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Rocha pears are rather oblong in shape and small or medium in size. The thin skin of this variety starts out light green and ripens to yellow in color with some prominent russetting encompassing the fruit. There is also russetting on the stem end. The flesh inside is white, firm, and crunchy, making it an easy variety to store and ship. Rocha pears are not as juicy as some other varieties, tending to be more dry than juicy. The traditional pear flavor is mild and moderately sweet.
Rocha Pears are available in late summer through spring.
Rocha pears, or Pêra Rocha, are a variety of Pyrus communis native to Portugal. This heritage variety dating to the nineteenth century is grown primarily in the Oeste region of Portugal, and makes up a large percentage of Portuguese pear production.
One medium sized pear contains around 100 calories. Pears have around one quarter of the daily recommended value of fiber, and 10 percent of the daily recommended value of vitamin C, along with other phytonutrients and antioxidants, particularly in the skin.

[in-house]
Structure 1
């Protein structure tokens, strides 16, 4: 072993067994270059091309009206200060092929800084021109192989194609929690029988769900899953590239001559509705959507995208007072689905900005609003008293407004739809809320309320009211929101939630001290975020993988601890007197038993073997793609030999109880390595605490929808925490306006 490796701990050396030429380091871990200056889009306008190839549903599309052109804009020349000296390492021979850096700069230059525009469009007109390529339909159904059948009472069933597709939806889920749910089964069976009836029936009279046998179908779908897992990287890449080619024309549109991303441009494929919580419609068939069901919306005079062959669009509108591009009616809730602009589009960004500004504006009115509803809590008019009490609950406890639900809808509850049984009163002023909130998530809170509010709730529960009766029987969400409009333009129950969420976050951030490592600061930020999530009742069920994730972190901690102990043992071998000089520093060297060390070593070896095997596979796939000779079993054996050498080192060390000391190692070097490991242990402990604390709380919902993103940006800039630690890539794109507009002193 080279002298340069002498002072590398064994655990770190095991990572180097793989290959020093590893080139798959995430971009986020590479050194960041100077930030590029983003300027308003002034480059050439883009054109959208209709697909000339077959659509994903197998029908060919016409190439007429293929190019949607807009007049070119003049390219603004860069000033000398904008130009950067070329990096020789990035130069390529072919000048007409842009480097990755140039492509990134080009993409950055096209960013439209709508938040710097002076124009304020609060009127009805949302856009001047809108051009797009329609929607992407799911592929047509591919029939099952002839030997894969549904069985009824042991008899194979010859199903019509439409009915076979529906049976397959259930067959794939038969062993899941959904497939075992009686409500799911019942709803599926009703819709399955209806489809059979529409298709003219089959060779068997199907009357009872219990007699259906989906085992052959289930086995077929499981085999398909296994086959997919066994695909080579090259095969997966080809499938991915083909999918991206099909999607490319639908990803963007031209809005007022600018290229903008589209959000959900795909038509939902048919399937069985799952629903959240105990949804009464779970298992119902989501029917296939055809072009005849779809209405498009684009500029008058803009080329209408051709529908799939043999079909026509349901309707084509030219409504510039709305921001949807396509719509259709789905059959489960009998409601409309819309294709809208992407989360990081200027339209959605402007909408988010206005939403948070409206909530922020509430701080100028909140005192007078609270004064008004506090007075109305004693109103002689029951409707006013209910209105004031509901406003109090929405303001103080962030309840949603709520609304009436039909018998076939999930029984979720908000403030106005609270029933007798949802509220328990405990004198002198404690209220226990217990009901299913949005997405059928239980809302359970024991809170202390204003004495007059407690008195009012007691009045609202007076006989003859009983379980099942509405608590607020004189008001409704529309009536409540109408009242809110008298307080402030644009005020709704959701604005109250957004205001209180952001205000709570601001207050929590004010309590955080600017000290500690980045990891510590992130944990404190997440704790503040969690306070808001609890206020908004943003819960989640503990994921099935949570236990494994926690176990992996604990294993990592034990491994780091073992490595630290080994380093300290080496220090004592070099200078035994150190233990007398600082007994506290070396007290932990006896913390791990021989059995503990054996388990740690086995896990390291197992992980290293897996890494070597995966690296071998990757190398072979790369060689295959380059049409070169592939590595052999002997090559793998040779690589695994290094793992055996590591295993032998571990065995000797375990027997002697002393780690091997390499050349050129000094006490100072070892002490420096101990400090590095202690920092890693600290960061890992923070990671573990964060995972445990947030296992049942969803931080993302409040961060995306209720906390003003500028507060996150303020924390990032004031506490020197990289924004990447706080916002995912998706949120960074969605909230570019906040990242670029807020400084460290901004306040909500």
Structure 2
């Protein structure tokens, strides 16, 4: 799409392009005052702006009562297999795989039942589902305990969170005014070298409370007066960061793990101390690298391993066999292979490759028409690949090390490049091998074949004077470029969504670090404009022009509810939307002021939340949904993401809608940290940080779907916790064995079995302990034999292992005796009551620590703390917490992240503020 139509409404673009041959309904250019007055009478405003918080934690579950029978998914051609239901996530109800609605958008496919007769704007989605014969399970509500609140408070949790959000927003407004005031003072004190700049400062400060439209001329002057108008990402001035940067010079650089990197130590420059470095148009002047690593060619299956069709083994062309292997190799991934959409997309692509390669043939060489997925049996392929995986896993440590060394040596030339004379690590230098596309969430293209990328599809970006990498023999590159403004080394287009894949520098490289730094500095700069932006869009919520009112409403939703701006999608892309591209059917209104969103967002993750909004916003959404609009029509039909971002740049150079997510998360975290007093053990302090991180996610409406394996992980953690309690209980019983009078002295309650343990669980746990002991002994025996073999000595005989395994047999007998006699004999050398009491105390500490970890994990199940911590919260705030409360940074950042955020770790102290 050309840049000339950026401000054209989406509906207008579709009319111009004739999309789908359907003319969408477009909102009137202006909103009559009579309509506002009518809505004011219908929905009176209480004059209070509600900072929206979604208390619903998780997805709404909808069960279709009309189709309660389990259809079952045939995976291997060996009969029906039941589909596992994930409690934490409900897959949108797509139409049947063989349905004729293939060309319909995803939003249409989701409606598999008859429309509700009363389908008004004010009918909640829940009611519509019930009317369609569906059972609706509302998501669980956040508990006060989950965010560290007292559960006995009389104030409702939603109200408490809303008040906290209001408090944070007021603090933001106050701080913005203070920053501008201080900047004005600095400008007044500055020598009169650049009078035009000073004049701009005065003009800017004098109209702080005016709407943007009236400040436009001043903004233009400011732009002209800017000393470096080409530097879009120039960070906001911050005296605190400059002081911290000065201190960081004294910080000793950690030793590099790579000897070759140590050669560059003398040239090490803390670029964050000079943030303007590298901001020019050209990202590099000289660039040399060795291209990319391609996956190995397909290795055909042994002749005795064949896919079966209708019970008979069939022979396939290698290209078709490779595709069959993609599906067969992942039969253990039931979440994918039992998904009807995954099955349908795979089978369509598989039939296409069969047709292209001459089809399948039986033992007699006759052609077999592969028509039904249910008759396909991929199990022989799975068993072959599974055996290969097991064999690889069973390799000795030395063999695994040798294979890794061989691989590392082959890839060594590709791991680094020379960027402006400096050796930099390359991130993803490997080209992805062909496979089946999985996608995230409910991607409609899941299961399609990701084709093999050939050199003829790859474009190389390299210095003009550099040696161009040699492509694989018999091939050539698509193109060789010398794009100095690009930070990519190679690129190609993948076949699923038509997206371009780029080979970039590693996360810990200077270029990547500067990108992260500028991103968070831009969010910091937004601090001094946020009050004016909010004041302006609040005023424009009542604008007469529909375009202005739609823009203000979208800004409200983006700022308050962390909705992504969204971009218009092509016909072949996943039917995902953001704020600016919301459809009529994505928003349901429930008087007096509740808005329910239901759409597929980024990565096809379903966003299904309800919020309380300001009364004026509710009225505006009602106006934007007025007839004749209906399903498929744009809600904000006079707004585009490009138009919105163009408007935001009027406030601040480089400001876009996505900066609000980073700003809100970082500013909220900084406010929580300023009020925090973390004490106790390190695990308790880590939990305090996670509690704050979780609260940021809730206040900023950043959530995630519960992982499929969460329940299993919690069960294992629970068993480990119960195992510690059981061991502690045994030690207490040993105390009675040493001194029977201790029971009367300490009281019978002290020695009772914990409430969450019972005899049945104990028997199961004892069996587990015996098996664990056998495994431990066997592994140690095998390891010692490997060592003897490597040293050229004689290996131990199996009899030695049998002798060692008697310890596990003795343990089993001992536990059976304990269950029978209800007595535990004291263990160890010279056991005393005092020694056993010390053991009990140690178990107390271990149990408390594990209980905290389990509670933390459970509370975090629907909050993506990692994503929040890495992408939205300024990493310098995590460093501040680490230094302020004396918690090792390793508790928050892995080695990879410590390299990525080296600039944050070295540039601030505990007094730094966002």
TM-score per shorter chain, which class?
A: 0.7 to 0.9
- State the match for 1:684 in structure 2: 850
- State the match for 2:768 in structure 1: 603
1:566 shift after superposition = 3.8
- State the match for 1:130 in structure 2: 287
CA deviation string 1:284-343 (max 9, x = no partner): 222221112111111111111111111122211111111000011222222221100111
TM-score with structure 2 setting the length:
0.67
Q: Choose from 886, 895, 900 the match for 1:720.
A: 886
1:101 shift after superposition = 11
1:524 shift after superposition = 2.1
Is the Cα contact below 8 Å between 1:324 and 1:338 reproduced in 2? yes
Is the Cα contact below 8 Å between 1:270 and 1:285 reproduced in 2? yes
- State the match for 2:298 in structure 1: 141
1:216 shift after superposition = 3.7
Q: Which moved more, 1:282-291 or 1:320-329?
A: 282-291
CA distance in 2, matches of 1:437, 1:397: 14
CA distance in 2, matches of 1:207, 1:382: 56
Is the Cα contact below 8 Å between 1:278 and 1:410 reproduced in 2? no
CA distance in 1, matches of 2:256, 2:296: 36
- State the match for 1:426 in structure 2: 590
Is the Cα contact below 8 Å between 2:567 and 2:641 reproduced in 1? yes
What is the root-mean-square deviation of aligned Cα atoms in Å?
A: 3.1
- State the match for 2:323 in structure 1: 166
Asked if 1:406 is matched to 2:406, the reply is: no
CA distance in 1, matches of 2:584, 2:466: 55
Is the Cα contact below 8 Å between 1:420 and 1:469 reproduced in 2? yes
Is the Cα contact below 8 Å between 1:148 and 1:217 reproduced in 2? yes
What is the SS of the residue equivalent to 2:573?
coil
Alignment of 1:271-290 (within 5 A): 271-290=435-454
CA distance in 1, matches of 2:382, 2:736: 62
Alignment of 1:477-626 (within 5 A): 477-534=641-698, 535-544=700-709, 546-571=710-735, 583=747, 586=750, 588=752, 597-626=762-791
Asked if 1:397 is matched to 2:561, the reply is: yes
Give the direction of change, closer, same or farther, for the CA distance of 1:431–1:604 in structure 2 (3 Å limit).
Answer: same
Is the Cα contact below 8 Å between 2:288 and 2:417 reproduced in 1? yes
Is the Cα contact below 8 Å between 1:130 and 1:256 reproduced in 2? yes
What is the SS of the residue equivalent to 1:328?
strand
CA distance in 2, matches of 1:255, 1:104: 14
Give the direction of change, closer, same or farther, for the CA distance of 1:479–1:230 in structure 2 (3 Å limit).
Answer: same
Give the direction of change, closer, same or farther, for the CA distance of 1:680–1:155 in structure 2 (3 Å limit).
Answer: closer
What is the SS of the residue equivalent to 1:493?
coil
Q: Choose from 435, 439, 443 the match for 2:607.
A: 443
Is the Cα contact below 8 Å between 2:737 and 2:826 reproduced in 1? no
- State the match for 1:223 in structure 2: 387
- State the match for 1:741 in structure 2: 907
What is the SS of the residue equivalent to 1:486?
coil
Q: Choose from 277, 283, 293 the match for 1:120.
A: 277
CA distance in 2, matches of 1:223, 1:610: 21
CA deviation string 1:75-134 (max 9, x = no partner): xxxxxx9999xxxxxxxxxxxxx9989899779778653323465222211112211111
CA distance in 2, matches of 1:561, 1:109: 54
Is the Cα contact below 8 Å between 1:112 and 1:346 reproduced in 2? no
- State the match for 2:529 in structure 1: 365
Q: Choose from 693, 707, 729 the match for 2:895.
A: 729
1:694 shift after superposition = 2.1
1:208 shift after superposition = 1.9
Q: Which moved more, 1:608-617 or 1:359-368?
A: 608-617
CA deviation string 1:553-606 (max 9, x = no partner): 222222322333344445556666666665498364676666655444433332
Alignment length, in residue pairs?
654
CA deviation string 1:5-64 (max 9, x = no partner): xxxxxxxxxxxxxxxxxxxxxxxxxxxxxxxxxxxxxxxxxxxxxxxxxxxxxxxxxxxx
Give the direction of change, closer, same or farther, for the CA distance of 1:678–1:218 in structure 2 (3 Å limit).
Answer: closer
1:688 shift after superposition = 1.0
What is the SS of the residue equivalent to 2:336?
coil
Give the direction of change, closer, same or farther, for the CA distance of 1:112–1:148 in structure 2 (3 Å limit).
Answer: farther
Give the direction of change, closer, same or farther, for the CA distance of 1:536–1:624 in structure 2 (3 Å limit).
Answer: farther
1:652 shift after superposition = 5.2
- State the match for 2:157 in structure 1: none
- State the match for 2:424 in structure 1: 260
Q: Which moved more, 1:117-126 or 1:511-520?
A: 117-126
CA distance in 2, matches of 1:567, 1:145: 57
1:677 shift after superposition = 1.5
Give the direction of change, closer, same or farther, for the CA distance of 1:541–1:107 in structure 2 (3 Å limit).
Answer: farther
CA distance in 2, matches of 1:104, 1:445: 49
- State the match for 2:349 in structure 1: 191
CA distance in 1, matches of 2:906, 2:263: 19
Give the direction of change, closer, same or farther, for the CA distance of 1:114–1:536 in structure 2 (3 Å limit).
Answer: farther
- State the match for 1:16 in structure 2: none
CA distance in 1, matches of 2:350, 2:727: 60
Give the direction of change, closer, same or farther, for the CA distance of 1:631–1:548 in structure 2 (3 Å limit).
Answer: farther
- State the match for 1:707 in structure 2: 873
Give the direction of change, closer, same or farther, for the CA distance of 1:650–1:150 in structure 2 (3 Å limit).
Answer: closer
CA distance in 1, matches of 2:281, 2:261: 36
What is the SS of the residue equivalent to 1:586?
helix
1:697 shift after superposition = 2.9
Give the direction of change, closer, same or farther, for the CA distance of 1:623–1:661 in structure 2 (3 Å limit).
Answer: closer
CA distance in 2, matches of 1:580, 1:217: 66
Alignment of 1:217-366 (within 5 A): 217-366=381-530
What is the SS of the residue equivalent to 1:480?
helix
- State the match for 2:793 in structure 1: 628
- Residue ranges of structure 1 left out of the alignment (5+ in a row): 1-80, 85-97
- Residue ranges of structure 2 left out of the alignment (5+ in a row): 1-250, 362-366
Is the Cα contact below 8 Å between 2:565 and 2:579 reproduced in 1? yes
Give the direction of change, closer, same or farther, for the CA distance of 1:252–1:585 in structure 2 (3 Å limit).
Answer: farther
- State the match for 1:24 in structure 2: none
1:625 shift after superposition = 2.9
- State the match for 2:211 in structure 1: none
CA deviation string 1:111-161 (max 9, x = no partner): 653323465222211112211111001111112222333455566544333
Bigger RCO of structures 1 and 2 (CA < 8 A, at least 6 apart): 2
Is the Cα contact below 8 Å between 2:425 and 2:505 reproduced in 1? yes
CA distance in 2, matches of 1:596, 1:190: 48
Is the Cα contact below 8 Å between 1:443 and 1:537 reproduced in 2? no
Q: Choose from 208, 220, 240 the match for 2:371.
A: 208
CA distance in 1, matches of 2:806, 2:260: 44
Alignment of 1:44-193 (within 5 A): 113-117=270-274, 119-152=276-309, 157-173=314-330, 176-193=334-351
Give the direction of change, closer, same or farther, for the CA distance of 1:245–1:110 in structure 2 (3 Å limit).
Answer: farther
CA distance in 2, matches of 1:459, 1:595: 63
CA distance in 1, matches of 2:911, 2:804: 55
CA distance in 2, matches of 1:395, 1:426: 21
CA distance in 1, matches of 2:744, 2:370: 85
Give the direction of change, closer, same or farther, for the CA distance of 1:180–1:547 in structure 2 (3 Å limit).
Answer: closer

Rocha pears can be eaten fresh out of hand, cooked, or baked. A traditional Portuguese way to serve Rocha pears is poached in wine, but there are many ways to eat this variety. Since they are firm and dry, they make good additions to lunchboxes. Pair with oats, nuts, honey, Parmesan cheese, or pork for other options. Rocha pears store very well in proper cool, dry conditions.
Rocha pears grown in Portugal have a Protected Designation of Origin status, indicating it is native to a particular small region in Portugal. The Assocation of Growers of Rocha Pears (Associação Nacional de Produtores de Pêra Rocha) have promoted the designation. Small numbers of this variety are grown in other countries, but it is most strongly associated with the Oeste region north of Lisbon.
Portugal can claim to be the birthplace of Rocha pears, dating to the 1830s. The original tree was likely a chance seedling grown on the property of horse dealer Pedro Rocha in Sintra, Porgugal. While Rocha pears continued to be grown in Portugal through the nineteenth and twentieth centuries, their popularity took off in the 1990s when pear production in other parts of Europe declined. Portuguese farmers began producing and exporting more Rocha pears, particularly to the UK and Brazil. Rocha pears grow best in the Oeste region of Portugal. Some are also grown in Argentina and the UK, but they have not been proven to grow well in other pear-growing regions.
Recipes that include Rocha Pears. One is easiest, three is harder.
|Decor and Dine||Rocha Pears in Red Wine|
|EPJ Health||Cinnamon Poached Pears|
|Cocoon Cooks||Creamy Pear, Avocado & Frozen Greens Smoothie|